DNA analyst: Domestic dogs killed Brenda Hamilton – Washington Daily News
For more than two years, relatives and friends of Pantego resident Brenda Hamilton have sought answers about the 77-year-old’s death in February 2019.
They now have a better idea of the animal species responsible for his death. Recent findings submitted by a University of Florida DNA analyst show that domestic dogs attacked Hamilton on February 15, 2019 while she was walking near her home, but those specific dogs have still not been identified.
Alerted to the scene by their two dogs, Hamilton’s neighbors found her in a ditch submerged shoulder-deep in water. Hamilton suffered from serious injuries. She died at Vidant Health Center three days later.
Authorities said most of the evidence at the scene was lost in the water. Investigators found minimal evidence, including a flashlight Hamilton was carrying, as well as a dead nutria found near his body.
Biologists from Western Carolina University and Microtrace LLC analyzed the evidence, but could not determine whether a wild or domestic animal was responsible for the attack. Ginger Clark, a DNA analyst at the William R. Maples Center for Forensics at the University of Florida, began analyzing the evidence afterwards.
The two dogs that alerted Hamilton’s neighbors were known to accompany Hamilton on his walks. They were quarantined for 10 days after the incident, and investigators ultimately ruled both dogs “not dangerous.”
Blood flakes were found on the flashlight recovered from the scene. In an email sent to Beaufort County Executive Brian Alligood last November, Clark said the flashlight samples “do not match known dogs,” adding that she was “still inclined to believe that other dogs were involved”.
Investigators conducted a neighborhood sweep during which they took DNA samples from 14 dogs near the site of the attack.
THE FINAL REPORT
In April, the Florida team submitted a final report of their findings. Beaufort County commissioners reviewed and discussed this report on Monday.
“I am of the opinion that Ms Hamilton was attacked by dogs, based on the physical blood spatter and DNA evidence,” Clark wrote in the report. “Based on the DNA evidence, none of the dogs submitted were likely involved. Based on the amount of physical damage suffered by Ms Hamilton, it was likely multiple dogs, likely at least 50 pounds or more.
Clark said his analysis limited the species scope to domestic dogs. She mentioned polymerase chain reaction testing, a technique used to detect genetic material.
“All evidence that generated species-associated PCR products was determined to be Canis lupus familiaris, domestic dog,” the report states. “The marker used for this test detects wolf, fox and coyote DNA as well as dog DNA. No evidence has been found of a canid other than the domestic dog. All evidence samples were also PCR amplified using markers specific to felids, large and small, and bears. There was no evidence of felids or bears on any of the evidence. I am convinced that these animals were not involved in this incident. I found evidence of a domestic dog ONLY.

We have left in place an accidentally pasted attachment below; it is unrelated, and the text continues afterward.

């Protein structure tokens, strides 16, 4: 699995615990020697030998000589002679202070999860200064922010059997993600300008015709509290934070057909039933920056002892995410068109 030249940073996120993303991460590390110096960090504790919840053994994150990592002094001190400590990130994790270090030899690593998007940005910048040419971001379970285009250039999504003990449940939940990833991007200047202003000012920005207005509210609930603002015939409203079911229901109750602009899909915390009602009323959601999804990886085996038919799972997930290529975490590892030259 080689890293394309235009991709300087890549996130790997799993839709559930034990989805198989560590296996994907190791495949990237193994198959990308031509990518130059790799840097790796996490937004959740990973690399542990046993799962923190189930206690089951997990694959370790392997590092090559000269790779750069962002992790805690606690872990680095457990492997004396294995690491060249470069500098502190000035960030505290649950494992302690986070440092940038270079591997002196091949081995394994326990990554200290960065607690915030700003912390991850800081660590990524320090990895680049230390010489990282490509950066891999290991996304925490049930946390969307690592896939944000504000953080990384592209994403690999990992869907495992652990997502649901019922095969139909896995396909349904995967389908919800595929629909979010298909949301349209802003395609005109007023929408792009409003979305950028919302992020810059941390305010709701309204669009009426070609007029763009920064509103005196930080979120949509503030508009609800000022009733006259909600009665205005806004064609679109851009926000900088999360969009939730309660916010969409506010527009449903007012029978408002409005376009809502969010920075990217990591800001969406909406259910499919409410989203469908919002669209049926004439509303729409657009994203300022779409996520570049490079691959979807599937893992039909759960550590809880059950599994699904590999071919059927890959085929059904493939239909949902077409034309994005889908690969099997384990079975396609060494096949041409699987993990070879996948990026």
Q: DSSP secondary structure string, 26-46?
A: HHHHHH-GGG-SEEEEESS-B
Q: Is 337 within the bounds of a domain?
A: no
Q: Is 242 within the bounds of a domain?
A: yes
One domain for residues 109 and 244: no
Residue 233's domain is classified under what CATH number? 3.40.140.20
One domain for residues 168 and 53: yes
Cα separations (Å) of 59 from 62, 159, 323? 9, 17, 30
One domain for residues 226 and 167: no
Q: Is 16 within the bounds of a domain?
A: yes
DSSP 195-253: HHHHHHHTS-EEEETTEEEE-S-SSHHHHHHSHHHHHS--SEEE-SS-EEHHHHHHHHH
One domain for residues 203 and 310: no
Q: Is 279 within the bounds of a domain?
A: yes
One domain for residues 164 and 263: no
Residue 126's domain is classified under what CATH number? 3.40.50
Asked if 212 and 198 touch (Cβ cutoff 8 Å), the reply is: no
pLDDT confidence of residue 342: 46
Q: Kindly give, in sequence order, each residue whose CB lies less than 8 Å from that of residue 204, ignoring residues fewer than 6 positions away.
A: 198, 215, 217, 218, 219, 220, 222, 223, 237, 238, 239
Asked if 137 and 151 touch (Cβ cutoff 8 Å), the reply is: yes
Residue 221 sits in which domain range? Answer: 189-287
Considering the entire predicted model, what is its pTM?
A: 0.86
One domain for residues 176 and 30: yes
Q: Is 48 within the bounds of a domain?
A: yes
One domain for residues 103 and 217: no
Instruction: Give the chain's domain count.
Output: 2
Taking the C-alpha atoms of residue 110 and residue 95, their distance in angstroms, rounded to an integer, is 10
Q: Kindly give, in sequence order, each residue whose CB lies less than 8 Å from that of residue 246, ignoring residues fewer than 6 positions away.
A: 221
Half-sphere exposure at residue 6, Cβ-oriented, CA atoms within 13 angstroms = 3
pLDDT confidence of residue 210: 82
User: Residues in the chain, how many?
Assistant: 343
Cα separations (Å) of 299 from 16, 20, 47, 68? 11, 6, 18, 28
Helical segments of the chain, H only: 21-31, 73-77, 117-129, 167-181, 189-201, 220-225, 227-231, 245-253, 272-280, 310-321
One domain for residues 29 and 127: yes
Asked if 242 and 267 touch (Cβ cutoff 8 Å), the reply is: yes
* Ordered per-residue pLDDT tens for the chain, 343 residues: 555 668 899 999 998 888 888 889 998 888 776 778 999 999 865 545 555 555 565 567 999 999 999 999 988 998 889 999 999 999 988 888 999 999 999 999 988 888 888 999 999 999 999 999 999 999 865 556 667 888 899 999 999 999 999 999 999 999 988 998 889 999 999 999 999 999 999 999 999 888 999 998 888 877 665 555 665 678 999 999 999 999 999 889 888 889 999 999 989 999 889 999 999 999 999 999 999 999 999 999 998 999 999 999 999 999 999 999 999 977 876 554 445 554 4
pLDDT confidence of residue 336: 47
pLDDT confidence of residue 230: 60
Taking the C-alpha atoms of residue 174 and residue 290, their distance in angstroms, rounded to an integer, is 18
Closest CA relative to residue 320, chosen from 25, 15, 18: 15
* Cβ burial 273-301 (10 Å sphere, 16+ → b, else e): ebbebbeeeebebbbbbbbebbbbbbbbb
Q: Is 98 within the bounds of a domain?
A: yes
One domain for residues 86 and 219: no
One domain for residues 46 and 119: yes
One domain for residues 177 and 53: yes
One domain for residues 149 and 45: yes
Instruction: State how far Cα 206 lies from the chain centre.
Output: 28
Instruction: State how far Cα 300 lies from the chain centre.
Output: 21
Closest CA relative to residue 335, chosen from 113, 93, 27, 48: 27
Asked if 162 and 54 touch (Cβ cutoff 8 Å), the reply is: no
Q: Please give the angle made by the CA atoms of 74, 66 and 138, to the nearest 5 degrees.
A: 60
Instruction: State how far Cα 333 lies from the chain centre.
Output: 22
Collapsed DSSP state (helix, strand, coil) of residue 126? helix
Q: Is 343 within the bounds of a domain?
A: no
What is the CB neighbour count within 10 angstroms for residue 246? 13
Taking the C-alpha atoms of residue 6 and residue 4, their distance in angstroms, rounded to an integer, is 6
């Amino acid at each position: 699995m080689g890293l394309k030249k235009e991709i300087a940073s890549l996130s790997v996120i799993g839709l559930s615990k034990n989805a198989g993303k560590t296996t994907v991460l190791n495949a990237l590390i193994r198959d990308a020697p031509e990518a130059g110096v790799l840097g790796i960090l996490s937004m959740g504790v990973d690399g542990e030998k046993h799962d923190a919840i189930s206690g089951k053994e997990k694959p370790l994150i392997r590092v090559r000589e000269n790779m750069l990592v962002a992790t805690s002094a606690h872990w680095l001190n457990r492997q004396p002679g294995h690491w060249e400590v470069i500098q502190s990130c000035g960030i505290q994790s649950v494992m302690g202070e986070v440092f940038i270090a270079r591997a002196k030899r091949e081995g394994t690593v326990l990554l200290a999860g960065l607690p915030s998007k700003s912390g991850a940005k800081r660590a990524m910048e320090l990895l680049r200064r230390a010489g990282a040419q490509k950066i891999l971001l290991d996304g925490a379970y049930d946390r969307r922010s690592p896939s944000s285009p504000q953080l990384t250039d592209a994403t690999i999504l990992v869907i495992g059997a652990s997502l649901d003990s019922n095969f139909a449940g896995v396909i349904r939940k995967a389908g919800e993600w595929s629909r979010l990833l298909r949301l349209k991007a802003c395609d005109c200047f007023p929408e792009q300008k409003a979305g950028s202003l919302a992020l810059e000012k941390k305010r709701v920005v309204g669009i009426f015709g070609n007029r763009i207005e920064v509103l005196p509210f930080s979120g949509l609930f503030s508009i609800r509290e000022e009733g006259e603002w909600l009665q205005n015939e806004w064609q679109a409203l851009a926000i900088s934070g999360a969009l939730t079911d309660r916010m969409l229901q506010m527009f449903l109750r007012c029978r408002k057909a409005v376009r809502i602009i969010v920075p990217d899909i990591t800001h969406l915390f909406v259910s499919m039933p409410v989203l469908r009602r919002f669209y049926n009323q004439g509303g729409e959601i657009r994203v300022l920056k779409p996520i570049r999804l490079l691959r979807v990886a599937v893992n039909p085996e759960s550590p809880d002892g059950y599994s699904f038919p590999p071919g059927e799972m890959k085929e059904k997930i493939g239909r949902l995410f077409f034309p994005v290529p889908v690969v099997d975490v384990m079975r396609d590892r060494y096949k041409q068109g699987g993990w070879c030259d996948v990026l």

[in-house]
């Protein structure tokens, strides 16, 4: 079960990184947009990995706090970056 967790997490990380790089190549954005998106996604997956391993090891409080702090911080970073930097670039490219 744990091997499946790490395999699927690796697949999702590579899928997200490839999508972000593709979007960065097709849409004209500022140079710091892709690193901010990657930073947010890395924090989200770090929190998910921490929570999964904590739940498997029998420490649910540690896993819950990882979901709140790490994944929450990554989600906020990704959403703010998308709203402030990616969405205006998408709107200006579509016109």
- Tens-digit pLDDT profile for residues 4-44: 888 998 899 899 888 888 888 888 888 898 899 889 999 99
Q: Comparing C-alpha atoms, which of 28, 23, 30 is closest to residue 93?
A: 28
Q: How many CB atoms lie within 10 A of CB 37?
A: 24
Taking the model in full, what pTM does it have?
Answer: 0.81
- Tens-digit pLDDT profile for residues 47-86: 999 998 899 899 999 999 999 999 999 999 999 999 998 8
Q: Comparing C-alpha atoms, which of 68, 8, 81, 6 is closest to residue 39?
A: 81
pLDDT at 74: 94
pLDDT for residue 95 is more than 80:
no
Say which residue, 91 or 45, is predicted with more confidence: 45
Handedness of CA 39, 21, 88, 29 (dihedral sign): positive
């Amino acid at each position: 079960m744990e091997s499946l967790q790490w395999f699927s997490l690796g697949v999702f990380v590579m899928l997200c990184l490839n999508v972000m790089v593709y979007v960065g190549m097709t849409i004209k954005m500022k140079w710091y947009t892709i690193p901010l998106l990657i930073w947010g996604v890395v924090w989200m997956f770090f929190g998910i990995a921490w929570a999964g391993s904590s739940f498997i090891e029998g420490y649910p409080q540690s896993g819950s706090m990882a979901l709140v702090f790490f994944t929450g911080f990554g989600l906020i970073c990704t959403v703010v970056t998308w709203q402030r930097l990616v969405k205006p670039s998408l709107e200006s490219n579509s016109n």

The final report document can be viewed in the agenda file for the June 7 Commissioners’ meeting. Check out this package at https://co.beaufort.nc.us/downloads/agendas.
Commissioner Hood Richardson said he hoped for a “much better response” than the report detailed.
“Quite frankly, I think we screwed up with forensics,” Richardson said. “I called the lady who did this job. If you read the report, you can see that she is trying and struggling to get samples. And I don’t think we sampled the site properly for DNA. We haven’t cordoned off the site. I think we mishandled the samples when we turned them over to the federal authorities, who had no jurisdiction in the matter.
“…I am very disappointed with the results of the report,” Richardson added. “I feel for the family. I receive throughout the county. I go to the woods all over the county. People who work for me go into the woods all over the county. We have never had a report of a pack of domestic dogs trying to attack anyone. That’s not to say they might not be there, but the results of DNA work are very, very, very inconclusive.
Council Chairman Frankie Waters expressed concern about the existence of feral dogs in the county.
“I’ve heard hunters talk about seeing wild dogs in the woods when they’re hunting,” Waters said.
“I think that’s the best we can do,” Waters added. “I think we’ve exhausted and we’ve done what I think the public and citizens of this area, and hopefully the entire county, have asked us to do. It’s not the answer some people want, and I don’t think, as Hood says, that we control the ultimate conclusion.